• 6 Geoff Brown // Jul 29, 2009 at 4:19 pm

    Sorry, didn’t know your history but read your post on the JoNova blog.

    The stupid thing is that this tax will not do what it is supposed to do but will lower our standard of living. For what?

    Thanks, Greg.

  • 7 Greg Atkinson // Jul 29, 2009 at 4:27 pm

    Geoff we are singing from the same hymn sheet as they say 🙂 Even if the planet was warming there are better ways to approach the problem rather than just introducing a tax. I wonder what we will do if we face a global plague…raise another tax on business?


  • 8 Senator13 // Jul 29, 2009 at 5:25 pm

    What stuns me is the ignorance of voters over this issue. I don’t know if any body noticed but in the latest Newspoll people were asked how much they thought the price of energy would rise on average if the CPRS was introduced. 32% thought it would only rise by 0-10% yet only 14% thought it would rise by 11-20% and 45% of people said “don’t know”. YET, 41% said that Australia should introduce the CPRS before the Copenhagen conference. Are these people stupid? They don’t even know what it is and what it will mean for them – yet still want to go along with it blindly. Can anybody explain that to me?

    People can check out the poll results here if interested:

  • 9 Greg Atkinson // Sep 29, 2009 at 5:58 pm

    Senator I see climate change got plenty of airtime at the G20 and yet most people don’t even know what they are empowering their politicians to do! Look at Australia for example, we reckon we are concerned about C02 but then spend millions putting up extra school buildings that in many cases were not even needed! I wonder how many tonnes of C02 will be pumped into the atmosphere as a result of the “education revolution” ?

  • 10 Senator13 // Sep 29, 2009 at 8:57 pm

    Good point. Were they carbon natural projects? Did they offset their emissions? Did they use plantation timber? Are they all powered by photovoltaic cells? Maybe they sourced all the supplies from the same overseas company that made a killing supplying pink batts to Australia.

    Actually, seeing what the rest of the world puts up on the table in December is going to be quiet interesting. See if they actually live up to the rhetoric. There are a lot of countries that pollute a lot more then Australia that are not exactly in an economic position to be able to introduce an ETS on their industries at this time…

    Come December we are going to have to look beyond the press releases from the leaders and look at the detail of what they are putting up and then seeing if they actually implement it. I am sure there will be lots of big headlines proclaiming to have cured climate change at one meeting – but the reality will be very different I suspect…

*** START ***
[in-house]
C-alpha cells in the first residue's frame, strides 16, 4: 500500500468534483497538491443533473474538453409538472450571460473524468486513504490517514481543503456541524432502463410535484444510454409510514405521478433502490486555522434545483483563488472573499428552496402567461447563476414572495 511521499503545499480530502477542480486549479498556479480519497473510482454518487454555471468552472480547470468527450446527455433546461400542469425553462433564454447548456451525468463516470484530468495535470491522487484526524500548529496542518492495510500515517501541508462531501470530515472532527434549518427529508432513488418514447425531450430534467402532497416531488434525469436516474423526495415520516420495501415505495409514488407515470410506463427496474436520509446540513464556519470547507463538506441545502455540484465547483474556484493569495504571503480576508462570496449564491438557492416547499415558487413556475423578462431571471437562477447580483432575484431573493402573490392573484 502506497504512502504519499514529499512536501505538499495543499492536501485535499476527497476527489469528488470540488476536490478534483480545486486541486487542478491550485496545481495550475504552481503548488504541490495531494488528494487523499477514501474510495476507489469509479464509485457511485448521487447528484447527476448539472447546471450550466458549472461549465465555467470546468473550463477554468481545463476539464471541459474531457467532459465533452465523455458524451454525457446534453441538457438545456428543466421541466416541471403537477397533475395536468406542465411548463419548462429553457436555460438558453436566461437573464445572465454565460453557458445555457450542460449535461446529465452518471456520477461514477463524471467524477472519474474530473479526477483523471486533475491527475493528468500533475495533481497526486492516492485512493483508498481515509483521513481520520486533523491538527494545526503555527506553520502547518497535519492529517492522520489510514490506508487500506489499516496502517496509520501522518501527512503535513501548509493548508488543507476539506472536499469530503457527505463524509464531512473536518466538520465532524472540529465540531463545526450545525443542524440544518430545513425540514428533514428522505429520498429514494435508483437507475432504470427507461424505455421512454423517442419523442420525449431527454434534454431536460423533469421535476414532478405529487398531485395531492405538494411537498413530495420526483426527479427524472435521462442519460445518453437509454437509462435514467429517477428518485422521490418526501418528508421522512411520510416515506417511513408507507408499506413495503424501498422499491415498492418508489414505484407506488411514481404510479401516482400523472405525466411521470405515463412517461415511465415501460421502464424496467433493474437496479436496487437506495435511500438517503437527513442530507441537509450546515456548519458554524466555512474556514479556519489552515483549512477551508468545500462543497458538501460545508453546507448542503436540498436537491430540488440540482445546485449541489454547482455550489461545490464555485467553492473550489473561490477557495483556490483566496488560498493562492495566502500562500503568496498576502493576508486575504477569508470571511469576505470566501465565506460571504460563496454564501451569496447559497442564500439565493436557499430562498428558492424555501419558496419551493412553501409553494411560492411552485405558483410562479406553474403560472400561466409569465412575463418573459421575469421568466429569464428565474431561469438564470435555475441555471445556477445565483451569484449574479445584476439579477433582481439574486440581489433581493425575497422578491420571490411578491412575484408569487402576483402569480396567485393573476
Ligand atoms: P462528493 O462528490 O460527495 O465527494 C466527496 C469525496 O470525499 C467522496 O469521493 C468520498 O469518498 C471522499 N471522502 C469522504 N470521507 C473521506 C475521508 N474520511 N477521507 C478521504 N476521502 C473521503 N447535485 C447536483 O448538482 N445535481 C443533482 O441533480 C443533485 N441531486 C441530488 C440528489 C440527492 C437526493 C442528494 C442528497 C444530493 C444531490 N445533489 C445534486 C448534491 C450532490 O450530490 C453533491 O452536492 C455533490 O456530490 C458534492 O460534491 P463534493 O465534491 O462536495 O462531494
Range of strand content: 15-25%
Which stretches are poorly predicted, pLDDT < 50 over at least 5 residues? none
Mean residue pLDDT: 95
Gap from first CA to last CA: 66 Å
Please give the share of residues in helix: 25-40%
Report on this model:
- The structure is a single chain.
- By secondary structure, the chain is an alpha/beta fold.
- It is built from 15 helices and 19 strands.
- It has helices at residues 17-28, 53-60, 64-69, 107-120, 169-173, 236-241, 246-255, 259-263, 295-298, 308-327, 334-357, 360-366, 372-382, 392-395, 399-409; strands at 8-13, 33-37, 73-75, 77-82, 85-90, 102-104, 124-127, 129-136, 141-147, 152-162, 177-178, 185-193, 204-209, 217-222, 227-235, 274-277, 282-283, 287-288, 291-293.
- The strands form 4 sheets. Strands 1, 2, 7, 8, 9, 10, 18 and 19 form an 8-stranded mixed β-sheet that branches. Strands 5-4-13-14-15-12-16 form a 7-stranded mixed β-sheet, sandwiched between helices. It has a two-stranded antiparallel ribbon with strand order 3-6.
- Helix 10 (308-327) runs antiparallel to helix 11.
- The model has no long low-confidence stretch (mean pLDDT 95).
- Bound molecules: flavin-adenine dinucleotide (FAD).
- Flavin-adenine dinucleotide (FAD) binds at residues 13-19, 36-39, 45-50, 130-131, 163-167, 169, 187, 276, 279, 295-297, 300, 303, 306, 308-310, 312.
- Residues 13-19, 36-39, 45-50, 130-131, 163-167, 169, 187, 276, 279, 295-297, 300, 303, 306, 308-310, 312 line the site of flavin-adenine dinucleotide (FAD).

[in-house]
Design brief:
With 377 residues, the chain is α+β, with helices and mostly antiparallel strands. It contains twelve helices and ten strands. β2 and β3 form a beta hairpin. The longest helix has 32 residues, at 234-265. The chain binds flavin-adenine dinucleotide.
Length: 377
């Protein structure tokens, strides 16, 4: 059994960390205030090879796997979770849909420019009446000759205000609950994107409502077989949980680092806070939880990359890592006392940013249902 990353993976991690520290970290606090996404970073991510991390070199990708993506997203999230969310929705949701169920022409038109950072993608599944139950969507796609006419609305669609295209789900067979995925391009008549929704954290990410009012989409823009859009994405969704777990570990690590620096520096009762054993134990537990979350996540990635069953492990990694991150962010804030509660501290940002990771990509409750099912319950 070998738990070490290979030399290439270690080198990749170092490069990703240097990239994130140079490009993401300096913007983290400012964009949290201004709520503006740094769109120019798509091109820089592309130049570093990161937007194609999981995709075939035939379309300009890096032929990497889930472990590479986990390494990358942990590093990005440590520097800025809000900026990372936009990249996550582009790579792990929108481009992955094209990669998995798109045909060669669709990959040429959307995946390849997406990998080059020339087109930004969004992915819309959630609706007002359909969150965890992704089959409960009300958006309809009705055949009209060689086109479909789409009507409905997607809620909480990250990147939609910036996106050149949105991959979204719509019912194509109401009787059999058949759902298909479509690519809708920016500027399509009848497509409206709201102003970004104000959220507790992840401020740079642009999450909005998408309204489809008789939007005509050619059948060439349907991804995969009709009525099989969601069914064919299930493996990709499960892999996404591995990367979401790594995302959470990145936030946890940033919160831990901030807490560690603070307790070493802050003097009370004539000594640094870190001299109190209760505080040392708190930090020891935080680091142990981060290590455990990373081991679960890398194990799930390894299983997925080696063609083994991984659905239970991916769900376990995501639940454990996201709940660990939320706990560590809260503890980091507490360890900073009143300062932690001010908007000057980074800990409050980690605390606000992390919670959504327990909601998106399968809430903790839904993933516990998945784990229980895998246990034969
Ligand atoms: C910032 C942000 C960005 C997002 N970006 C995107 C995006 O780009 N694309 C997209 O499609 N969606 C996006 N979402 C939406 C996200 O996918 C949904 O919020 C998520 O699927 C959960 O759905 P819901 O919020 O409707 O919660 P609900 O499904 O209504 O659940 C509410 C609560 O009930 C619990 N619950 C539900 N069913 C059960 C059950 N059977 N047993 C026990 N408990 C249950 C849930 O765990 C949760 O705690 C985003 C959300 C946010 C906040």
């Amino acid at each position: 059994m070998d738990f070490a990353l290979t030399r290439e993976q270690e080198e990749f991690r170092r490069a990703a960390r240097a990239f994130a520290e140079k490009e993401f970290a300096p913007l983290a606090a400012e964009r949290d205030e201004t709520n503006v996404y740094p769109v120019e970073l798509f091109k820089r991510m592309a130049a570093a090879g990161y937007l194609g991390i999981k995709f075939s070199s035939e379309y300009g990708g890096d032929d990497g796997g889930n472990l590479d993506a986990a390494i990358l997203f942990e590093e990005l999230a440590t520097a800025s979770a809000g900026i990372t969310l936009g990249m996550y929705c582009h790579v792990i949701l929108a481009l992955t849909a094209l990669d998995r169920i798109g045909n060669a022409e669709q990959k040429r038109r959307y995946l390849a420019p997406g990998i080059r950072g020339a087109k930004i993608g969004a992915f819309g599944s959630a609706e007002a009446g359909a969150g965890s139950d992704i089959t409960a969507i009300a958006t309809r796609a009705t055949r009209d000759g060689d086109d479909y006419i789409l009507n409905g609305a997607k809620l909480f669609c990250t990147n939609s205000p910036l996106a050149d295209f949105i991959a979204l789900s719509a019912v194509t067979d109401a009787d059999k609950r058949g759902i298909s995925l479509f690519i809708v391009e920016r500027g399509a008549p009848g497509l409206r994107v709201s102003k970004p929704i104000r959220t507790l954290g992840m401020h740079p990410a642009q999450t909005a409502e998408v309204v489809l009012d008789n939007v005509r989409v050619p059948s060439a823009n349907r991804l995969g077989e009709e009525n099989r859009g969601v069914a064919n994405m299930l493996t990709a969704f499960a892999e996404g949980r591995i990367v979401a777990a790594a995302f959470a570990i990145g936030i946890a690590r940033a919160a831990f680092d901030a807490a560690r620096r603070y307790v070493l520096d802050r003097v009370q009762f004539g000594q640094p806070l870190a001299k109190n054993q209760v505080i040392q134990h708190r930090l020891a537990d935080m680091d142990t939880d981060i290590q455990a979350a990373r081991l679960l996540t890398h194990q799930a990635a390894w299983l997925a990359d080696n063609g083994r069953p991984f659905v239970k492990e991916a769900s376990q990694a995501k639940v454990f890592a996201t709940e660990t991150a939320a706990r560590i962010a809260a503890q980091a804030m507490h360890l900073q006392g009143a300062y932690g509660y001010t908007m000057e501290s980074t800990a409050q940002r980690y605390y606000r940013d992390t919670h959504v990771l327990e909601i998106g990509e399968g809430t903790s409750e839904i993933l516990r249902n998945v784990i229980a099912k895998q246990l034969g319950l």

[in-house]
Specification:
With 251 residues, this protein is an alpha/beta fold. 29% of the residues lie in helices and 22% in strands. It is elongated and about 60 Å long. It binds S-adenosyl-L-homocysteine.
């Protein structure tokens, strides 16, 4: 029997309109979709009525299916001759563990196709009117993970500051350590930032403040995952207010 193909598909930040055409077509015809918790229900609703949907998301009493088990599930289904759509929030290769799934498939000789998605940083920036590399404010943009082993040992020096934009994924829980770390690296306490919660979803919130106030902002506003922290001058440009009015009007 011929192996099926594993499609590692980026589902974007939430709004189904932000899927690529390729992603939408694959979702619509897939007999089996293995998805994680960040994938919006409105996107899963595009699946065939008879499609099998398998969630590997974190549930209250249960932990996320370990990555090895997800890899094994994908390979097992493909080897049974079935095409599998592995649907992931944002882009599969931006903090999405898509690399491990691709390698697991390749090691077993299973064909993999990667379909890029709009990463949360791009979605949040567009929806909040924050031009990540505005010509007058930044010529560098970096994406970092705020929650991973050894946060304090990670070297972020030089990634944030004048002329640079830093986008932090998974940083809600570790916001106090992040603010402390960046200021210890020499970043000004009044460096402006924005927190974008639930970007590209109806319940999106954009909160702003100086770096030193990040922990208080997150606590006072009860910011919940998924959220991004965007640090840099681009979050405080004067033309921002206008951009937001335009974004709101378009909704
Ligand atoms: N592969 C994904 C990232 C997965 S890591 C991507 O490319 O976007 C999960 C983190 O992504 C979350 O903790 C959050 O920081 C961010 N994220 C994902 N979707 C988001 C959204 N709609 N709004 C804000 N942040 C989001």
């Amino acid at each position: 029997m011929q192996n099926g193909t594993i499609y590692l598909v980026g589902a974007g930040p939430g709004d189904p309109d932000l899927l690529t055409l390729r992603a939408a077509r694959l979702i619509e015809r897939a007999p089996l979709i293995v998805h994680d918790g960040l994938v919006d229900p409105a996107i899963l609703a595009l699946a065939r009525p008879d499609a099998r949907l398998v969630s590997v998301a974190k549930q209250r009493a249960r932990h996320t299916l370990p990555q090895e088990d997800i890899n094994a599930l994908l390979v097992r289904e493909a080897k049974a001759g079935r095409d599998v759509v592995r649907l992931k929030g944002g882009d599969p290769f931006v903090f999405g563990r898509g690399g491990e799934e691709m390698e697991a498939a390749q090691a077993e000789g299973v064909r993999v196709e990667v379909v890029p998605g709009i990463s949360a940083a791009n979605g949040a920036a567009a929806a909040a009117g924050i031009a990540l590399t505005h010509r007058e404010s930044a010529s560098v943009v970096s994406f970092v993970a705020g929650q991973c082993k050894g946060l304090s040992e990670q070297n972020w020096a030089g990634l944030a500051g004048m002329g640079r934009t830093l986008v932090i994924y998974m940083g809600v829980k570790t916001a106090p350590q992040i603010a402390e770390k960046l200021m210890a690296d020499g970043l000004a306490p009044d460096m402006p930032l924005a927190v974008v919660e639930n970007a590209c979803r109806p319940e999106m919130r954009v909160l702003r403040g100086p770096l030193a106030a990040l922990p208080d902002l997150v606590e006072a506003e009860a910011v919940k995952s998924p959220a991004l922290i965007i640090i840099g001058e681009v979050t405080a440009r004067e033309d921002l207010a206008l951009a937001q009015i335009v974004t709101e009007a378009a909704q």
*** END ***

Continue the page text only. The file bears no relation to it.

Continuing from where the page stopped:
• 11 Ralph // Sep 30, 2009 at 10:46 am

    I commented about this on another thread but then noticed that this one was going.

    I support an ETS, but more on the grounds of sustainability. I’m genuinely neutral on the science of climate change. It could be true or it could be a lot of hogwash. I’m inclined to believe the so-called majority scientific opinion but I also accept that there are many doubts. As I’ve said on another thread, my take is that we’re taking out insurance for an event that could have catastrophic consequences. If it turns out to be bunkum, we’ve lost a fraction of a percent of GDP and we continue on. We don’t sweat a few hundred dollars lost if we insure our cars but then turn out not to have needed it because we didn’t have a crash. I see an ETS the same way on an economy wide level.

    My real concern is energy sustainability. We’re using non-renewable fossil fuels (coal, gas, oil) as our primary sources of energy. Once it’s gone, it’s gone. As it turns out, the so-called solution to climate change could also be a step in the direction for increased energy sustainability. So for that reason, I support an ETS and renewable energy targets. I’m accept that nuclear energy must be considered, but I’m worried about the storage of the waste.

    Then again, on a purely selfish level, we’ll all be long gone by the time any of this really matters anyway. So I suspect that we’ll probably muddle along making token changes here and there until it’s absolutely necessary.

  • 12 Greg Atkinson // Sep 30, 2009 at 2:18 pm

    Ralph I am against the ETS is because it is simply a tax. If Australia seriously wanted to tackle global warming we would have not spent money building school halls that were not needed and used the money to encourage the large scale take up of solar power etc. and develop energy efficient technologies. We could have also got moving with plans to set up a trial nuclear power plant.